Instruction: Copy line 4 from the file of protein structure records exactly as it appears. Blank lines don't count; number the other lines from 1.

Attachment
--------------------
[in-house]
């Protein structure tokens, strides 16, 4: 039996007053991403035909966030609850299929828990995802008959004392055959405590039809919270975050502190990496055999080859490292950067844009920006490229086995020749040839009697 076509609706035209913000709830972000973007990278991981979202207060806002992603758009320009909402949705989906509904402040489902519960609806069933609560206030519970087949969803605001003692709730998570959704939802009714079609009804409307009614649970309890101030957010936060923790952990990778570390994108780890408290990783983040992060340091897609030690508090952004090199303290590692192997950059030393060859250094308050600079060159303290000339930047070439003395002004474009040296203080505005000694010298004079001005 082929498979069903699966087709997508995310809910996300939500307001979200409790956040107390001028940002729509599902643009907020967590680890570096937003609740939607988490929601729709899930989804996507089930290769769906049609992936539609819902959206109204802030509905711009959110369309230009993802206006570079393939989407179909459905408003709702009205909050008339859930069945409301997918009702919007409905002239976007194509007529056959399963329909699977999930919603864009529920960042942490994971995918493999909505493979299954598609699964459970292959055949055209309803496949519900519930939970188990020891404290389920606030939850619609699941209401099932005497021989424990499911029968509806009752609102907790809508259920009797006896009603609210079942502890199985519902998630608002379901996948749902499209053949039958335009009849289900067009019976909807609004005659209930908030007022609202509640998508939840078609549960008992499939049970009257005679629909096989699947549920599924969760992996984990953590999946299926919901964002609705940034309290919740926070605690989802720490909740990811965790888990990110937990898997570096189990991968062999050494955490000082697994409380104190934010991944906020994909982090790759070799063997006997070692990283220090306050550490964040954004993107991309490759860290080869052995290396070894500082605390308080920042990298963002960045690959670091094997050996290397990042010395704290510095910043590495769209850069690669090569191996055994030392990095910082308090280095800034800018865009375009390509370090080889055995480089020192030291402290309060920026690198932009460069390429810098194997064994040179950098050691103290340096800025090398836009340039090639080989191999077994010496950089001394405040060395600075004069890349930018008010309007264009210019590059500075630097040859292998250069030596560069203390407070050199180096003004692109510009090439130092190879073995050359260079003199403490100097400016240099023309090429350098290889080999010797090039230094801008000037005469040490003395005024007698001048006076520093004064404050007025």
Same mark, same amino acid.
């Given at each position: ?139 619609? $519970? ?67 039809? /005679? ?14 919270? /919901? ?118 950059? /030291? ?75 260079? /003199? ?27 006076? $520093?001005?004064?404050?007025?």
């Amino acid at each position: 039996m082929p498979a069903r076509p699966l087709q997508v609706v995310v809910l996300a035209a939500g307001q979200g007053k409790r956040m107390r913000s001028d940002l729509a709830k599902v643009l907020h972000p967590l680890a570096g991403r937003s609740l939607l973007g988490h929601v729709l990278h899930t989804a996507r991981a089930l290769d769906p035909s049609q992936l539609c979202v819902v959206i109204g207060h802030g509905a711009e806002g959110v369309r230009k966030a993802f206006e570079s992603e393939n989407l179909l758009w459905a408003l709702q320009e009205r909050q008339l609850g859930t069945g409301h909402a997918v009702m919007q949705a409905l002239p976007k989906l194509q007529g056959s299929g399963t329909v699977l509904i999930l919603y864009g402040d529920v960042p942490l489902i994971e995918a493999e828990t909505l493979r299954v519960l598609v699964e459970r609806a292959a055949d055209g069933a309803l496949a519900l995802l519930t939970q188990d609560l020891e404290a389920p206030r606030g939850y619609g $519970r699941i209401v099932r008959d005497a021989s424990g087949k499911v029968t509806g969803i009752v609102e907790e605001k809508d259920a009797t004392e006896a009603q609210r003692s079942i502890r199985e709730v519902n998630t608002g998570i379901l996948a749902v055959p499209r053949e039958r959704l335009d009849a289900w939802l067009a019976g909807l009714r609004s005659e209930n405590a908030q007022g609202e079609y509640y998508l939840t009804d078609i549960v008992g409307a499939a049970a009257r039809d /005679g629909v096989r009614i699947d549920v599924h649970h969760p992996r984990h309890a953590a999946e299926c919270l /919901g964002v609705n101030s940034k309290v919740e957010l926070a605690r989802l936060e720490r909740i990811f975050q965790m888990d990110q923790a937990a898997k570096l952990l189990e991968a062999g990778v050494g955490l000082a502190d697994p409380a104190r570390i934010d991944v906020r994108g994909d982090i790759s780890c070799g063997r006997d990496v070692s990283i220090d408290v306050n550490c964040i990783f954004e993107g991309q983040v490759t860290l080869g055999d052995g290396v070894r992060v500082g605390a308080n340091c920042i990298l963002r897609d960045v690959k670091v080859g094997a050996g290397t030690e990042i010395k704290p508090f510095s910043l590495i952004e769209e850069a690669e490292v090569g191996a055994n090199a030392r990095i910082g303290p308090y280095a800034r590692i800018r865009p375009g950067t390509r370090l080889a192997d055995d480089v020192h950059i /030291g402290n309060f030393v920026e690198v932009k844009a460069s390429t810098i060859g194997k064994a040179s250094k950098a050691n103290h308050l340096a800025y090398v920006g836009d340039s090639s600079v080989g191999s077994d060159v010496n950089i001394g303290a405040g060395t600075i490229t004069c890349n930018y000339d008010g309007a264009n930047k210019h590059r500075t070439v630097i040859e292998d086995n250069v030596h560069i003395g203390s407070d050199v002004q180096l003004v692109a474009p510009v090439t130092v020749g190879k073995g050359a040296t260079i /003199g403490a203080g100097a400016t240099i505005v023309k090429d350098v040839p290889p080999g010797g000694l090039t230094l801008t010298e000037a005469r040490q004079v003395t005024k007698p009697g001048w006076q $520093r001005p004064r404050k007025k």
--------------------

């Given at each position: ?139 619609? $519970? ?67 039809? /005679? ?14 919270? /919901? ?118 950059? /030291? ?75 260079? /003199? ?27 006076? $520093?001005?004064?404050?007025?």